AP NEWS
Related topics

Branson motels see signs of improvement

September 21, 2018

BRANSON, Mo. (AP) — On his first day with the Branson Police Department in 2012, Stan Dobbins told the sergeant on duty, “Take me to your problem area. I need to see the problem.”

Dobbins, who served as assistant chief and then chief of the department before taking over as Branson’s city administrator, said the sergeant drove him to an extended-stay motel.

“I got out of the car and there was a little boy riding a Big Wheels,” Dobbins recalled. “I looked down at this little child and there were needles laying on the pavement. I said, ‘This will stop.’”

Dobbins, who has four kids and nine grandchildren, said the thought of kids growing up in extended-stay motels weighs on him.

“It’s heartbreaking to me. I would go out in the mornings and watch the bus stops, watch them pick up children at the motels,” Dobbins said. “The children of our community are our future. They deserve a place to play. And that is hard to find living in a hotel.”

As police chief, Dobbins created the Safe Housing Program within the police department, with officers specifically assigned to the motels.

He was also involved in the creation of a tier program that tracks the number of calls for service (excluding calls for medical emergencies) that each hotel generates.

The Springfield News-Leader reports that hotels and motels are sorted into three tiers. To fall into the third tier — the worst — a property has to average more than one call for service per room per year.

Properties that fall into the third tier face several consequences under city ordinance: They must ensure that people visiting hotel occupants leave by 11 p.m., provide front-desk personnel at all times, install outdoor lighting and digital surveillance, issue parking passes for residents, participate in crime prevention training and more.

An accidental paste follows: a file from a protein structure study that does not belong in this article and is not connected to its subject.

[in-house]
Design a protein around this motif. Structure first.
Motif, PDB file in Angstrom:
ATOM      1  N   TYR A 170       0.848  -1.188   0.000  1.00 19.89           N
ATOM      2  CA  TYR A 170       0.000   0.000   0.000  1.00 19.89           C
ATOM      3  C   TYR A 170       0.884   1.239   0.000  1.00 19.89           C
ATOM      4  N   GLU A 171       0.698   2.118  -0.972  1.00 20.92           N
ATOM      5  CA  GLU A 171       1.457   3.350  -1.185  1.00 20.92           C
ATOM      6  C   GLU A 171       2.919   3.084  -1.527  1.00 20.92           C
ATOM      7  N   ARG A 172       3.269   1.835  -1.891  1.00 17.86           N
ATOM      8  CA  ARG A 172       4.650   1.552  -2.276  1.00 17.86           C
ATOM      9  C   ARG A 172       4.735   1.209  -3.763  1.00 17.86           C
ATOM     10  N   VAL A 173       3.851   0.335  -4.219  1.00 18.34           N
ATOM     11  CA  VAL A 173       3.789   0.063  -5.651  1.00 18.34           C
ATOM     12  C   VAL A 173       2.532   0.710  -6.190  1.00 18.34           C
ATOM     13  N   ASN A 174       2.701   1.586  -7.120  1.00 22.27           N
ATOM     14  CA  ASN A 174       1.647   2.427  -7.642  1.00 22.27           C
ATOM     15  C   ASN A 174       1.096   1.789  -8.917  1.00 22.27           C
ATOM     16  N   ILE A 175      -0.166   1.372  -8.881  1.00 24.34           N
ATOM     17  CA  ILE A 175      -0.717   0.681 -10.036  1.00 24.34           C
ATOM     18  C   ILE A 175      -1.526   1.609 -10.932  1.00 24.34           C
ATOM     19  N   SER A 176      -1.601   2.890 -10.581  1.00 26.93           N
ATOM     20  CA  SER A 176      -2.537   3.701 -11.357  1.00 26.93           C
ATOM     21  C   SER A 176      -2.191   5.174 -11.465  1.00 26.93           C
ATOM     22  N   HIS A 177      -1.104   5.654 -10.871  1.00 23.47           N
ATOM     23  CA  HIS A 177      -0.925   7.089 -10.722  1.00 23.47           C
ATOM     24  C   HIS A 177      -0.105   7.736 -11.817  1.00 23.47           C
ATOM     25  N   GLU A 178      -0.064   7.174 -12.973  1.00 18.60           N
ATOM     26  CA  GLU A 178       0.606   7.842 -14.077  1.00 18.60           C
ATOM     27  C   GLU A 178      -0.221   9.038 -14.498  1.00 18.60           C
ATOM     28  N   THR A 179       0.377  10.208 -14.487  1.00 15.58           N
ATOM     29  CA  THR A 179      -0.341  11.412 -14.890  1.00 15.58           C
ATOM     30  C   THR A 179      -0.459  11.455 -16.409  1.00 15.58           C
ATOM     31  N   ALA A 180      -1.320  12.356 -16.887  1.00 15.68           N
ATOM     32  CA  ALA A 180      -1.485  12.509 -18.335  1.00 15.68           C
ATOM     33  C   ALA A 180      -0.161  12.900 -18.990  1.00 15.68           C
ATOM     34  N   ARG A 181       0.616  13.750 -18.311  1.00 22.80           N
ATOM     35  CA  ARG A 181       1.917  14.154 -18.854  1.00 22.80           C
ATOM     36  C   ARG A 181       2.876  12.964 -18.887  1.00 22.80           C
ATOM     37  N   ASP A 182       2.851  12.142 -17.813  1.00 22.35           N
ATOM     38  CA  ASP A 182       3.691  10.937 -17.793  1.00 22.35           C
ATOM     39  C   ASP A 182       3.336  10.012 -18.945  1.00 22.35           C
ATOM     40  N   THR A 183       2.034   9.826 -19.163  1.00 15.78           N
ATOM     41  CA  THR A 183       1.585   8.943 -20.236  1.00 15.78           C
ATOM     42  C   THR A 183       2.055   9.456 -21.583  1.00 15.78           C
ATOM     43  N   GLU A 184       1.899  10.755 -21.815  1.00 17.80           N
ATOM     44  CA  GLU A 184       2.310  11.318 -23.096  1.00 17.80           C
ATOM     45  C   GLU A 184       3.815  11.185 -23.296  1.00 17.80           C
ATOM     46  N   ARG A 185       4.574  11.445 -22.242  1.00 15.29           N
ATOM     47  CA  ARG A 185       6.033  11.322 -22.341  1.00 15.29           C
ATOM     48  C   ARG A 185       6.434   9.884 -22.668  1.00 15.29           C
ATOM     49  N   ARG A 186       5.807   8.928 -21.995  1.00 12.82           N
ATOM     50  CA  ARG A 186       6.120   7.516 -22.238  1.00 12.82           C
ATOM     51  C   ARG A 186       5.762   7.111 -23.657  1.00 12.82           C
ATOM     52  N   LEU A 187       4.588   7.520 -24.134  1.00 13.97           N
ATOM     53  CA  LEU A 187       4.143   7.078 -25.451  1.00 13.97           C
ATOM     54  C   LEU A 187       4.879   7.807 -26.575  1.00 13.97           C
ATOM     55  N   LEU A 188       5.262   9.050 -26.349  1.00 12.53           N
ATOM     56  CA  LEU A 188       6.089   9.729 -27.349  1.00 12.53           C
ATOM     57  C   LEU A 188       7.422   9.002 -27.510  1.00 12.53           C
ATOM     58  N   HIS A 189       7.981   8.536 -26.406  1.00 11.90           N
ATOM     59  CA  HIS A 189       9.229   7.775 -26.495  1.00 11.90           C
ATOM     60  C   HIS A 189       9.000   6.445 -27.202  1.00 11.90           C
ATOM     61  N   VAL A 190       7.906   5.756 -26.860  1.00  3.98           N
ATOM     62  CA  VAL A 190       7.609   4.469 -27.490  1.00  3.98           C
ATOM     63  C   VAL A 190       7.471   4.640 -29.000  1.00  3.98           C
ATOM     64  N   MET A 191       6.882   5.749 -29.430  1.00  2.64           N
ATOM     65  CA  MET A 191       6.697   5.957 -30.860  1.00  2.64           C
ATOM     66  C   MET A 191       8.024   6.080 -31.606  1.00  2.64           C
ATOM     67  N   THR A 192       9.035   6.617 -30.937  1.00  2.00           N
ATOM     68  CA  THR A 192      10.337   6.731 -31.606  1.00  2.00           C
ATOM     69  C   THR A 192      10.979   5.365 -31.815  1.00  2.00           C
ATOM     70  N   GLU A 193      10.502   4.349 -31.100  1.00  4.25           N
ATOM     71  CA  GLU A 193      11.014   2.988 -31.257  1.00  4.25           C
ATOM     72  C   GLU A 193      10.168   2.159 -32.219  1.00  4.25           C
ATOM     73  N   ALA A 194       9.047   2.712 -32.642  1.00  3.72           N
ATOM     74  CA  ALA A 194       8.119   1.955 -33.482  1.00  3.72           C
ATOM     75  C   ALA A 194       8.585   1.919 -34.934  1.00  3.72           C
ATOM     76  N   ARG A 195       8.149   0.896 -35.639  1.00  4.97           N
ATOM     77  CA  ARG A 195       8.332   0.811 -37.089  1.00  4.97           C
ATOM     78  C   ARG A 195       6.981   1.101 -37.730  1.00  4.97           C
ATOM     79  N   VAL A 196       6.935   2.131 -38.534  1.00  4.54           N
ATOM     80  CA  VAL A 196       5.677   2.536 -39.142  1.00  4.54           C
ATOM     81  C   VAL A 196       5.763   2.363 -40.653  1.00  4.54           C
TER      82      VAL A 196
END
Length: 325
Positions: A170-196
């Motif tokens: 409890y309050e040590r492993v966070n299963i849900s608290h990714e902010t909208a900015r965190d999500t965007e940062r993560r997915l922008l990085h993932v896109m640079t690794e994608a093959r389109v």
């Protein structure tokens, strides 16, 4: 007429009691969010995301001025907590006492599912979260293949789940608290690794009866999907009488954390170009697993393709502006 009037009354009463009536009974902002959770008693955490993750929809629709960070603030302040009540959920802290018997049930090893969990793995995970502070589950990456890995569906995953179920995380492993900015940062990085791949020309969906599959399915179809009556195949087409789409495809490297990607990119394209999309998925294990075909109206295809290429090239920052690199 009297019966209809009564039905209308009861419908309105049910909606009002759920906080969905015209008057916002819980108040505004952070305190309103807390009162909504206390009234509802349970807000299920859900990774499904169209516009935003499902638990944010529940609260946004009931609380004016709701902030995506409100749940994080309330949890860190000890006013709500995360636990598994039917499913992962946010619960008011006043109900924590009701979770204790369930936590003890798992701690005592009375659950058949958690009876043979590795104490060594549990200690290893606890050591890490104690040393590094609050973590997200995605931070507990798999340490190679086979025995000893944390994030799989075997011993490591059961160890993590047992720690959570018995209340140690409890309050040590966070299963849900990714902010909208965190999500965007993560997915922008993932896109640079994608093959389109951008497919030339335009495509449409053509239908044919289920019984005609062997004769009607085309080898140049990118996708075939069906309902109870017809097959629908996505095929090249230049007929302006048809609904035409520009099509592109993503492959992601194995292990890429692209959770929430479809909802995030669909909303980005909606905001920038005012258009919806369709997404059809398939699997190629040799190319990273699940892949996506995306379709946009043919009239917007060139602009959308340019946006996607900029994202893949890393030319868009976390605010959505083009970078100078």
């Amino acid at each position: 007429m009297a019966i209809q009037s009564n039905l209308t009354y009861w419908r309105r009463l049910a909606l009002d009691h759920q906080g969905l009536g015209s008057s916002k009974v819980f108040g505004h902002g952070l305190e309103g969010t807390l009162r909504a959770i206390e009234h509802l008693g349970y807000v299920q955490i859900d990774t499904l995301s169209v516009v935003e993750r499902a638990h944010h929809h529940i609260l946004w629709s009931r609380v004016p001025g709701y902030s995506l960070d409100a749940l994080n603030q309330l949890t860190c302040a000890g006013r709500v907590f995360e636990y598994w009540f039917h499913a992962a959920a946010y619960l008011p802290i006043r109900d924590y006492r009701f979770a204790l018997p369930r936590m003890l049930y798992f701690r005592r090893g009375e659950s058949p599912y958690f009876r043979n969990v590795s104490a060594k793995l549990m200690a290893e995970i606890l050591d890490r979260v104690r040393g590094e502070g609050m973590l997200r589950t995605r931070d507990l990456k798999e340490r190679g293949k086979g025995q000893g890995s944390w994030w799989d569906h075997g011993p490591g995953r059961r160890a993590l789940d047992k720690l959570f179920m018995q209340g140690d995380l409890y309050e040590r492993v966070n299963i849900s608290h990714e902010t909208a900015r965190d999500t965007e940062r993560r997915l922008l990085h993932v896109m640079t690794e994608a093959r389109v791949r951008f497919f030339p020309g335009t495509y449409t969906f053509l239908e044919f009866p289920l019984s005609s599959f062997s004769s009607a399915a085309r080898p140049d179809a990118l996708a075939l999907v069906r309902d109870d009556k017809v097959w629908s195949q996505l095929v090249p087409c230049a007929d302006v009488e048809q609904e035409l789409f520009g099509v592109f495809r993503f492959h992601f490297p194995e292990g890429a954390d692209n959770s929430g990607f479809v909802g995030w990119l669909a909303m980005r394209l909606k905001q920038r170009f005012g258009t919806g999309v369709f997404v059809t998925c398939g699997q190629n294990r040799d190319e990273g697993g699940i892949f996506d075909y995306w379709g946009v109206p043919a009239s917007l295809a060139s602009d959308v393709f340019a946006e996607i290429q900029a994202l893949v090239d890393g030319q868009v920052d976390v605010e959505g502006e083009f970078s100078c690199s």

Tier 1 properties are required to maintain a guest log and keep a list of registered sex offenders who live or work on site. Tier 2 properties have those same requirements, but must also have a hotel operator on site at all times and install surveillance cameras.

After the first year, all of the hotels and motels remained at Tier 1 except for Branson Villas and the Queen Anne, which are both at Tier 2.

But more on the Queen Anne later.

Another new ordinance, which went into effect in January, gives “more teeth” to health department, fire and building code inspections, Dobbins said.

That ordinance holds owners responsible for properly maintaining the facilities. Every year, when it comes time to renew its business license, the motel must pass health, fire and building code inspections.

This is also intended to avoid any confusion about who owns the property and who is responsible for making repairs.

In Branson, some extended-stay motels change ownership often, and new owners sometimes conceal their identities by using LLCs (limited liability companies). What’s more, those “new owners” might actually just be leasing the motel from an original deed-holder.

“That’s why we changed our policy,” Dobbins said. “It’s not just whoever the supposed person is on the lease at the time. It is that property owner. The property is going to be corrected before any business license is issued.